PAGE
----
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Occupy protesters picket big banks downtown

  • Jasmine de la Torre sits down in the lobby of Wells Fargo Bank on B Street in Santa Rosa, Saturday Nov. 5, 2011 after demonstrating most the morning with Occupy Santa Rosa in front of downtown Santa Rosa banks. De la Torre was arrested by Santa Rosa police several minutes later. (Kent Porter / Press Democrat) 2011

Occupy Santa Rosa protestors on Saturday picketed four national banks downtown, leading to three arrests, and joined forces with a national movement urging consumers to transfer their money to community banks and credit unions.

The demonstrations, timed with the national Bank Transfer Day, gave protesters the chance not only to denounce corporate greed, but also to call for doing business with local companies.

It was the fourth Saturday that Occupy Santa Rosa demonstrators have rallied in downtown Santa Rosa since starting their occupation outside City Hall, and the first time that protestors were taken into custody as part of the weekly marches.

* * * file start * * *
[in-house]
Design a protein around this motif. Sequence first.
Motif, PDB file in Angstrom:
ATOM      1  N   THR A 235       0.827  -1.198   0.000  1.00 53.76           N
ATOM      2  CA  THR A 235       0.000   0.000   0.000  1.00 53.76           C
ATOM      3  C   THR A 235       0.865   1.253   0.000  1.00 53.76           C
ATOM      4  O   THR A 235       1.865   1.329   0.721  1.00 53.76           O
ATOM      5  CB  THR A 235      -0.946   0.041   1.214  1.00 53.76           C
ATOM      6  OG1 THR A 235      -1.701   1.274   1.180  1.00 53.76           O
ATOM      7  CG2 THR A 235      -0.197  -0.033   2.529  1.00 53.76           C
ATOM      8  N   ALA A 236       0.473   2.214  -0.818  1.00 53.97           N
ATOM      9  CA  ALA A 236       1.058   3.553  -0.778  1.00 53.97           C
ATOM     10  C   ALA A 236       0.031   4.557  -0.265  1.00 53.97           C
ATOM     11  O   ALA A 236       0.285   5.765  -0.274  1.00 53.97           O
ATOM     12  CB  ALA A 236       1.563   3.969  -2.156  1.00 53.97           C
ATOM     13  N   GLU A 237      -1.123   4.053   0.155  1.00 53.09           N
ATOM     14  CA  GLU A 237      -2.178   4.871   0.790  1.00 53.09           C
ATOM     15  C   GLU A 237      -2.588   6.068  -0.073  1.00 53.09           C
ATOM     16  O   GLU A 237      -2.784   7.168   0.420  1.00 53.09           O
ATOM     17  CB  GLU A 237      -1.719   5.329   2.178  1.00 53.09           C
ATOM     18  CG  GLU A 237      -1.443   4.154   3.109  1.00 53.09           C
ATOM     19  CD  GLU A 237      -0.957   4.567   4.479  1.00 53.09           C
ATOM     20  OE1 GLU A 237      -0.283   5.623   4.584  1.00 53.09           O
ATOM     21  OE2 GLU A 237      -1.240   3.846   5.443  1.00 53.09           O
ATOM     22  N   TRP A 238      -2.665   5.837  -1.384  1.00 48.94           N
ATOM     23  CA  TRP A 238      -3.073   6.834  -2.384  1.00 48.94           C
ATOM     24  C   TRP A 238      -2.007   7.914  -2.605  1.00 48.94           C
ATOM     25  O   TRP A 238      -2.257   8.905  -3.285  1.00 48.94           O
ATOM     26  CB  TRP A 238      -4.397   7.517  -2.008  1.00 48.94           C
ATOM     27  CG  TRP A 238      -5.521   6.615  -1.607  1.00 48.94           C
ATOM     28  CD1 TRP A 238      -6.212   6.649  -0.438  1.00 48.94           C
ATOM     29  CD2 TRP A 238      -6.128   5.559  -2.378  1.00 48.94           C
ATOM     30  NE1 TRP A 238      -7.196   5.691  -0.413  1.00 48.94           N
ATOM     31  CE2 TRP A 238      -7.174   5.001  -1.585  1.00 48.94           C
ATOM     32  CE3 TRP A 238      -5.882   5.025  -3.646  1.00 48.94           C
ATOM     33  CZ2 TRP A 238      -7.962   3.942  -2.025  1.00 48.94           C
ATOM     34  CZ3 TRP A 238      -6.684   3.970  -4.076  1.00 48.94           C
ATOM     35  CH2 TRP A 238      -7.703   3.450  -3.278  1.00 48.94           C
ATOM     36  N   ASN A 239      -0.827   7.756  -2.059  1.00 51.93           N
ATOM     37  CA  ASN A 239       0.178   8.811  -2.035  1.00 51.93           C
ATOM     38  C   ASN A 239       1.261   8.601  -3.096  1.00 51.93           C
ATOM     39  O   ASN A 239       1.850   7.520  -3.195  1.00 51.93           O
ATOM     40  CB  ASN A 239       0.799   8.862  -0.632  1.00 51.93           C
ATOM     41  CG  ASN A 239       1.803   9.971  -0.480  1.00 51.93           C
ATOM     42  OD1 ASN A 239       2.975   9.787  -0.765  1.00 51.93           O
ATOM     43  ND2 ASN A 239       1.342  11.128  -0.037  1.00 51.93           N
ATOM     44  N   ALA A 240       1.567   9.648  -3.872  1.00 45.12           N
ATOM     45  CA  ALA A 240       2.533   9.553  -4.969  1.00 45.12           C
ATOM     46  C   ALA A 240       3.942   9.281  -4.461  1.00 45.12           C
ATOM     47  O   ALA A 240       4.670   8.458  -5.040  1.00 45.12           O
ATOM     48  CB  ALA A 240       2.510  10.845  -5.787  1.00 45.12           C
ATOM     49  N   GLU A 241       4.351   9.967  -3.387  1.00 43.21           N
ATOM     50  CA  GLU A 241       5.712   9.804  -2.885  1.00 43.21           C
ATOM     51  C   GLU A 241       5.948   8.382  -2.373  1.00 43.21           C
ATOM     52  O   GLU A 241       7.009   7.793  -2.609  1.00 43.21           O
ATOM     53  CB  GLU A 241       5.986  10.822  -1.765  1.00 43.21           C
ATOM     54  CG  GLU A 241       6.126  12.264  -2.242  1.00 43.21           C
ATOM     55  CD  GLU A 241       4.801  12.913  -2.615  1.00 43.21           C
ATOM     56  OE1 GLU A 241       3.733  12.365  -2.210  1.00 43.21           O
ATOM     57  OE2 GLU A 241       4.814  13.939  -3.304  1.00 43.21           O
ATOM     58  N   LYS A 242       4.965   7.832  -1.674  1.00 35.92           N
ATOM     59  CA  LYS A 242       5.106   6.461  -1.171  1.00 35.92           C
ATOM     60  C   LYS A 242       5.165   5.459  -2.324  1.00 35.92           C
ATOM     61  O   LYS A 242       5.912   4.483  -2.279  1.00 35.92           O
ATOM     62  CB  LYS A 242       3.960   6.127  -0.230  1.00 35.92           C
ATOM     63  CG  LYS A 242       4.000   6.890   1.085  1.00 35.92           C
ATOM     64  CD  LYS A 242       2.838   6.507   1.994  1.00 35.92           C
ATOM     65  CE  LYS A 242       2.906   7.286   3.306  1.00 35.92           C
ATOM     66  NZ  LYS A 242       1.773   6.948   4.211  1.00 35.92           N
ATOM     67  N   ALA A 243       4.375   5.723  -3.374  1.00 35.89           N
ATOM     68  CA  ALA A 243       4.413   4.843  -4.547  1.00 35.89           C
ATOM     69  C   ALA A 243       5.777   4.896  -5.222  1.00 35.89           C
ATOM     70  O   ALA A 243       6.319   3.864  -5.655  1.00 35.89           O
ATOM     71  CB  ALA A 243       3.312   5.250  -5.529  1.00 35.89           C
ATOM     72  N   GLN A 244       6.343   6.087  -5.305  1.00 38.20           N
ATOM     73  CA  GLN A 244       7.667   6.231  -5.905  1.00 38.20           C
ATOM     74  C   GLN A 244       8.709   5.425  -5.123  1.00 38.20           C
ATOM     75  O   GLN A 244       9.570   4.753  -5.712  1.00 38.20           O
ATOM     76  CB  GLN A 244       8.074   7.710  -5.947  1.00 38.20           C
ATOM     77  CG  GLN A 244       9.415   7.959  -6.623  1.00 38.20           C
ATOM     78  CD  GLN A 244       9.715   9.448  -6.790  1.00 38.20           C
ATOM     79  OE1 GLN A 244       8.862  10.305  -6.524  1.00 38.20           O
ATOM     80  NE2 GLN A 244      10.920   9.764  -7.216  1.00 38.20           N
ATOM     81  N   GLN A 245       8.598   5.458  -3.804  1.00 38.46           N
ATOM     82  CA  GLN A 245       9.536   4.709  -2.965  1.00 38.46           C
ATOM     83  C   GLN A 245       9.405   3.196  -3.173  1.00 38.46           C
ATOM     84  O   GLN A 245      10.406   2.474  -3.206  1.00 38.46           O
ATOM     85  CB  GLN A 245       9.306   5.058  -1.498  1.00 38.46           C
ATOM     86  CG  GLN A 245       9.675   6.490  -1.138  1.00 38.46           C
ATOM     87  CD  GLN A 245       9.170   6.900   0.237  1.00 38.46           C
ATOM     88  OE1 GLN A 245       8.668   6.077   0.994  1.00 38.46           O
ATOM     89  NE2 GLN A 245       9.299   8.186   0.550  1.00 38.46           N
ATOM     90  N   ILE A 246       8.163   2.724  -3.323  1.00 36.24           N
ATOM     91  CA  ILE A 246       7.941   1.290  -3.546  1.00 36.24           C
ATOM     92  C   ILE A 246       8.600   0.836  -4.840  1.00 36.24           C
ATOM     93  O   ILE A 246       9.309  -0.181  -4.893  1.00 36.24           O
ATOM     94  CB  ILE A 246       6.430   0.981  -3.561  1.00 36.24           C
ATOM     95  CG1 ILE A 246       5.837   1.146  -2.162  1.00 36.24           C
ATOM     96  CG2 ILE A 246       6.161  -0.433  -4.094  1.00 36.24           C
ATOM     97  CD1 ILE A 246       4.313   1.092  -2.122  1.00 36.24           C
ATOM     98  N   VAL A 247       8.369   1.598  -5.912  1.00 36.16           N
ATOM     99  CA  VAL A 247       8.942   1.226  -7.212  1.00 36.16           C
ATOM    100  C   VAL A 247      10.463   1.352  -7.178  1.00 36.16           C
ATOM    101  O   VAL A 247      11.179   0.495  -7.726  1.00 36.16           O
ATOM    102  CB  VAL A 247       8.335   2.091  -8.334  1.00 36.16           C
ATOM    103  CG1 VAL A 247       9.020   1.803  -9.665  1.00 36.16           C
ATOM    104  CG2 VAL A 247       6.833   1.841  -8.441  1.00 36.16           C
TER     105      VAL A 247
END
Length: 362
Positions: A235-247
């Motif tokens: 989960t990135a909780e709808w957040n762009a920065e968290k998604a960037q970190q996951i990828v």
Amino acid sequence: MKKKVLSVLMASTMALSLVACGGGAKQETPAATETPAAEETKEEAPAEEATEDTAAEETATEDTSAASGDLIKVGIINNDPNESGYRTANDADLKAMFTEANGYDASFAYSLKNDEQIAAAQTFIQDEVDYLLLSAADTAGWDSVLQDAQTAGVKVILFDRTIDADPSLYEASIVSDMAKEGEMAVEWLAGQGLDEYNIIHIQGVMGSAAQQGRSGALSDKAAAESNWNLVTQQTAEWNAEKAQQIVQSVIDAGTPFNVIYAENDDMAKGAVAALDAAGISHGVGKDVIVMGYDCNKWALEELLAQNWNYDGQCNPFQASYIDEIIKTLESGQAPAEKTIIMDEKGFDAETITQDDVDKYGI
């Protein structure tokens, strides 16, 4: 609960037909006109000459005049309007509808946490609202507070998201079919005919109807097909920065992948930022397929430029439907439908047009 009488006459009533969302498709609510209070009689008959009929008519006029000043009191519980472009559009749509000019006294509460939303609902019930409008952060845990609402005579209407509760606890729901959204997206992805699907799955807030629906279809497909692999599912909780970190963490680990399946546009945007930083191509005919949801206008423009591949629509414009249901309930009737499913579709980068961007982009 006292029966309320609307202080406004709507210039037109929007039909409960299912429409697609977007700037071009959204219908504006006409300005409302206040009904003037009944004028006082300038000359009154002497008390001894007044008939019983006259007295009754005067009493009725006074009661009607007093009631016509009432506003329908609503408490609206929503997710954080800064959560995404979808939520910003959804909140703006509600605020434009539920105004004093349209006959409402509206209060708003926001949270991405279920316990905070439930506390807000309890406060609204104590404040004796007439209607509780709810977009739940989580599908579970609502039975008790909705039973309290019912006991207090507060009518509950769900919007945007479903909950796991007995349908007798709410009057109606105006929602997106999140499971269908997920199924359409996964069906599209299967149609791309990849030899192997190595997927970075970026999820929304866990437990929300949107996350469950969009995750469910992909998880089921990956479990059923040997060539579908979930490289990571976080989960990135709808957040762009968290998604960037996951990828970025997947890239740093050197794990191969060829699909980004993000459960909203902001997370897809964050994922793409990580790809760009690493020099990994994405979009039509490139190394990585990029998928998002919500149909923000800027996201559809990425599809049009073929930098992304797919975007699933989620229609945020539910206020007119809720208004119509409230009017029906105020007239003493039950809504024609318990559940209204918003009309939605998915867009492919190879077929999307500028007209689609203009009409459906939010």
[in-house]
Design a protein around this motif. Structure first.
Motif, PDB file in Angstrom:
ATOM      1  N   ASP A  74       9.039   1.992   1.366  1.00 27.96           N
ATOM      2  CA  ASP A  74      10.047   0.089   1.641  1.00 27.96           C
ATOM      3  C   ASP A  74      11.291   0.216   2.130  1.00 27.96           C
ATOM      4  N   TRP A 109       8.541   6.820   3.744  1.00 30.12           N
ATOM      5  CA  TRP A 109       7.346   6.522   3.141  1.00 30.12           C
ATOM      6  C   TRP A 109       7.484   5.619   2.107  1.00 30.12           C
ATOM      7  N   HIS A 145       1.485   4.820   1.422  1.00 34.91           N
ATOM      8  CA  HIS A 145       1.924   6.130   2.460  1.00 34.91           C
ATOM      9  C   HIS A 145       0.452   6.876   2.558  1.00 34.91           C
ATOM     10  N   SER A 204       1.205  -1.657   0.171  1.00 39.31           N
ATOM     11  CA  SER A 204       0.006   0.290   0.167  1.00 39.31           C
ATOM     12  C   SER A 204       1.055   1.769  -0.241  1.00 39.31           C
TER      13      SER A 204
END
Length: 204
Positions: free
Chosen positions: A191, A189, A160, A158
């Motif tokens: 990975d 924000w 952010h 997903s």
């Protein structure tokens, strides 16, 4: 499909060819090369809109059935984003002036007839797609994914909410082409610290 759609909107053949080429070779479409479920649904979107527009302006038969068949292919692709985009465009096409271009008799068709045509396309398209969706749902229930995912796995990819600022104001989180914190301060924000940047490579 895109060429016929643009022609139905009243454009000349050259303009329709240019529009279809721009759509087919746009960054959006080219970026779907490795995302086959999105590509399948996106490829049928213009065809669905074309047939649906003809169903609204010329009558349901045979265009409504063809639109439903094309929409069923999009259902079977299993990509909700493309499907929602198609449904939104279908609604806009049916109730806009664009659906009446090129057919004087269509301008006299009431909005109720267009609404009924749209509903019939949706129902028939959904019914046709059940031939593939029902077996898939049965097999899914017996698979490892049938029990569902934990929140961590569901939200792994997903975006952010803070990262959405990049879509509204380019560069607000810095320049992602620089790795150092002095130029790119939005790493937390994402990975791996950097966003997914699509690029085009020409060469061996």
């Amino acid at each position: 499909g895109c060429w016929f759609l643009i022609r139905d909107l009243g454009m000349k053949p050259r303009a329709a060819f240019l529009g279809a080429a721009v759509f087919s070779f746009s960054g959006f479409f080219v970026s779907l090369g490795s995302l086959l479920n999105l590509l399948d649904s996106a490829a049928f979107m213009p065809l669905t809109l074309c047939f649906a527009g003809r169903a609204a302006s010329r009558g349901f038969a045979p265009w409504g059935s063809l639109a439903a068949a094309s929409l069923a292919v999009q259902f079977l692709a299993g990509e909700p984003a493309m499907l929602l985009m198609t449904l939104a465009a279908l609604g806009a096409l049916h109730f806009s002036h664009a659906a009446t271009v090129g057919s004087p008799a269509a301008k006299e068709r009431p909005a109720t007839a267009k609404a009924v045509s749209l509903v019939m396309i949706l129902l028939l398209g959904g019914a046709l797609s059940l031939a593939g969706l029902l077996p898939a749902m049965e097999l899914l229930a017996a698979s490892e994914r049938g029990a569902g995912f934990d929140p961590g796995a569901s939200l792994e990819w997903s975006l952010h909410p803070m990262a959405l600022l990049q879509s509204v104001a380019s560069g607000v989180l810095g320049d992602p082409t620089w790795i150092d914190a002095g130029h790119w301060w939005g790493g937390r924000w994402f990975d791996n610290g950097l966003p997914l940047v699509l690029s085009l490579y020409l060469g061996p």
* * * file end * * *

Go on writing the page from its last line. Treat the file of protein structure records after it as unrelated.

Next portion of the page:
Occupy Santa Rosa Bank Arrests


The arrests of three demonstrators prompted the closing of the Wells Fargo branch at Third and B Streets about 12:40 p.m. The three were booked into Sonoma County Jail and were being held on suspicion of trespassing and disturbing the peace.

Citibank, next door to Wells Fargo on B Street, shut its doors about the same time, ahead of its scheduled 2 p.m. closing time.

The Occupy movement in Santa Rosa and other communities around the nation has directed frustration at the disproportionate power and wealth of the nation's elite, what the protesters call the 1 percent.

Saturday's Bank Transfer Day began as a separate protest to a proposed hike in Bank of America's debit card fees, an increase since rescinded.

But it recently has been heralded both by Occupy groups and credit unions as an effective stategy to wield economic power for social change.

Demonstrators chanted "Luther Burbank, not Wells Fargo,"in front of Wells Fargo at Third and B Streets. Luther Burbank Savings is the largest locally based financial institution in Sonoma County.

A typical sign read "Move Your Money." Others spelled out support specifically for Redwood and Community First credit unions, two local institutions.

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